Conflicts, like many social processes, are related events that span multiple scales from the instantaneous to multi-year development, and in space, from one neighborhood to continents. We develop a method for extracting causally related chains of events that addresses armed violence. Our method explicitly accounts for an adjustable spatial and temporal scale of interaction for clustering individual events from a detailed data set, the Armed Conflict Event & Location Data Project. Thus, we show how a systematic, data-driven, and scalable procedure extracts social objects for study, providing a scope for scrutinizing and predicting conflict and other processes. (excerpt)

Our approach is inspired by advances in physics and biophysics relating to the analysis of multiple scales in cascades such as the propagation of stress in collapsing materials and neural activity in the brain . Our method is robust because it relies only on information about the presence or absence of conflict, introduces a distance-dependent measure of causal interaction incorporating uncertainties, and allows analyses to move between spatial and temporal scale. (1)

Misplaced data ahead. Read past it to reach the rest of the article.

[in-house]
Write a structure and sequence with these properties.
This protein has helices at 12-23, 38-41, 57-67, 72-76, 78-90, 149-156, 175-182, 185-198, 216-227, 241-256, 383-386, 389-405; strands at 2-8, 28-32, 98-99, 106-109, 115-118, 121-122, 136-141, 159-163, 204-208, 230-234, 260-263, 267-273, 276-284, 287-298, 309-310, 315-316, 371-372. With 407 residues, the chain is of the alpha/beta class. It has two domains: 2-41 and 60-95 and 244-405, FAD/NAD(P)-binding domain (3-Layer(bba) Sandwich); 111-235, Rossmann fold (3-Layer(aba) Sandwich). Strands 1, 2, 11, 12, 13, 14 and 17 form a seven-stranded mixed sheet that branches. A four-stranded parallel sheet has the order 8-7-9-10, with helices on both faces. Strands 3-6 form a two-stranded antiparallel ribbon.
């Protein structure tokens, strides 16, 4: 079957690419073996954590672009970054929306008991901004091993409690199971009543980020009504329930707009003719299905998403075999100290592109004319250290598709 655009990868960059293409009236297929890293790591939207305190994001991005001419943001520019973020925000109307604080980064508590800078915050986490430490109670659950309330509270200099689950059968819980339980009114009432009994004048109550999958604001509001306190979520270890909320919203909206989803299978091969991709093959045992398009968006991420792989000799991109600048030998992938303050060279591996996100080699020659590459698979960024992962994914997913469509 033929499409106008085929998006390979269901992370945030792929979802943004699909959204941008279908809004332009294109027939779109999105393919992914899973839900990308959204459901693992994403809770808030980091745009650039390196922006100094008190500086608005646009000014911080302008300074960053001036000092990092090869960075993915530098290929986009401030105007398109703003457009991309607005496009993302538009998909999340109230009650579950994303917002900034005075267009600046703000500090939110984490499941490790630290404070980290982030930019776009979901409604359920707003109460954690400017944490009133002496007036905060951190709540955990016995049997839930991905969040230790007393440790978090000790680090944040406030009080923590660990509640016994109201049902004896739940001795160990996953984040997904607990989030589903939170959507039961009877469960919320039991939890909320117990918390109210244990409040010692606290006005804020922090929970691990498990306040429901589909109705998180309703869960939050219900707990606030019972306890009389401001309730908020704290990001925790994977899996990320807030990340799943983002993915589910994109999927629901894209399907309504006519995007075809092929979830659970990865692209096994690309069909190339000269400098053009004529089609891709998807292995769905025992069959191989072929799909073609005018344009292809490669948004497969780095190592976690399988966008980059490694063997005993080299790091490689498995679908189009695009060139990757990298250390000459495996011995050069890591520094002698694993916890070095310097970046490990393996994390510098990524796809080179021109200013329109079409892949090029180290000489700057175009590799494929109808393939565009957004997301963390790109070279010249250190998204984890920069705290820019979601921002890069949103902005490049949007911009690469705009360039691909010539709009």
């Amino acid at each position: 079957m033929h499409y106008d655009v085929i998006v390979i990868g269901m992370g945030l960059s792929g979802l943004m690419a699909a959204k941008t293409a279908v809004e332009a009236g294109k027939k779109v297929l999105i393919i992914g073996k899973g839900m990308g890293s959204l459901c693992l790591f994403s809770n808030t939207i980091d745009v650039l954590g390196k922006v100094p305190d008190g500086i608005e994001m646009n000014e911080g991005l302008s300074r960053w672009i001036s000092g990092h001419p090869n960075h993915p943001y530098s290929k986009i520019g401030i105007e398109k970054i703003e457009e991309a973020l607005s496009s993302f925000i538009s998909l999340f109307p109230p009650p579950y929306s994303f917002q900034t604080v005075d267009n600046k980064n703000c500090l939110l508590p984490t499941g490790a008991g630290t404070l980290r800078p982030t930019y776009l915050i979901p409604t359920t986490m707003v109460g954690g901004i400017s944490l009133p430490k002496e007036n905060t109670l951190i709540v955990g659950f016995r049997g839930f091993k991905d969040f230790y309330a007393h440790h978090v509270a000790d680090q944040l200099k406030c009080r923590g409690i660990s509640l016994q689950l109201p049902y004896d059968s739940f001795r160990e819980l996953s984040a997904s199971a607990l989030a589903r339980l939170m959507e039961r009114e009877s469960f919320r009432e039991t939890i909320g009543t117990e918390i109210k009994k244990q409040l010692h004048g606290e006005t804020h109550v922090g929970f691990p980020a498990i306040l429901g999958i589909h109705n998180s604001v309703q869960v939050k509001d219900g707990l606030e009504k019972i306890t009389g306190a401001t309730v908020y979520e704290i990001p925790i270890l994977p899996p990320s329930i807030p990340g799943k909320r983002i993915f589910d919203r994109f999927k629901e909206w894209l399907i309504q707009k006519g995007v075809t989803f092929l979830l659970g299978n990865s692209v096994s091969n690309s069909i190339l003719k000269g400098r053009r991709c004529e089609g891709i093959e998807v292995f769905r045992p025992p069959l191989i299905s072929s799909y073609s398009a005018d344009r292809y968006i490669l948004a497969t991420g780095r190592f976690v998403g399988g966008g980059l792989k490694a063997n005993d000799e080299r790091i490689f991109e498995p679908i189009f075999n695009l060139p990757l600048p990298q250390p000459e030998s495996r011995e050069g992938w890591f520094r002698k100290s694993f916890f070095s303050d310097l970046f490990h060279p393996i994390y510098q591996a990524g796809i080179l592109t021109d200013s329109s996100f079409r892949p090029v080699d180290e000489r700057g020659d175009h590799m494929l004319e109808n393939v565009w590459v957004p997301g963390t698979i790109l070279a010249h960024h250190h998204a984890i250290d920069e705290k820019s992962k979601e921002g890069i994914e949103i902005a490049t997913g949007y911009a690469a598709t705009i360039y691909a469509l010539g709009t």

Kushwawa, Niraj and Edward Lee. Discovering the mesoscale for chains of conflict. PNAS Nexus. 2/7, 2023. In mid year, as violence rages, Complexity Science Hub, Vienna theorists achieve a deep, thorough analysis, which as the quotes note,shows a significant affinity with a self-organized criticality akin to neural dynamics and everywhere else. In regard, a robust mathematical basis is at last which at last could be availed to understand and mitigate.

Conflicts, like many social processes, are related events that span multiple scales in time, from the instantaneous to multi-year development, and in space, from one neighborhood to continents. Yet, there is little systematic work on connecting the multiple scales, causality between events, and measures of uncertainty. We develop a method for extracting related chains of events that addresses these limitations with armed conflict accounts for an adjustable spatial and temporal scale of interaction. With it, we discover a mesoscale ranging from a week to a few months and tens to hundreds of kilometers, where long-range correlations and nontrivial dynamics relating conflict events emerge. Importantly, clusters in the mesoscale, while extracted from conflict statistics, are identifiable with mechanism cited in field studies. Thus, we show how a systematic, data-driven, and scalable procedure extracts social objects for study,. (Excerpt)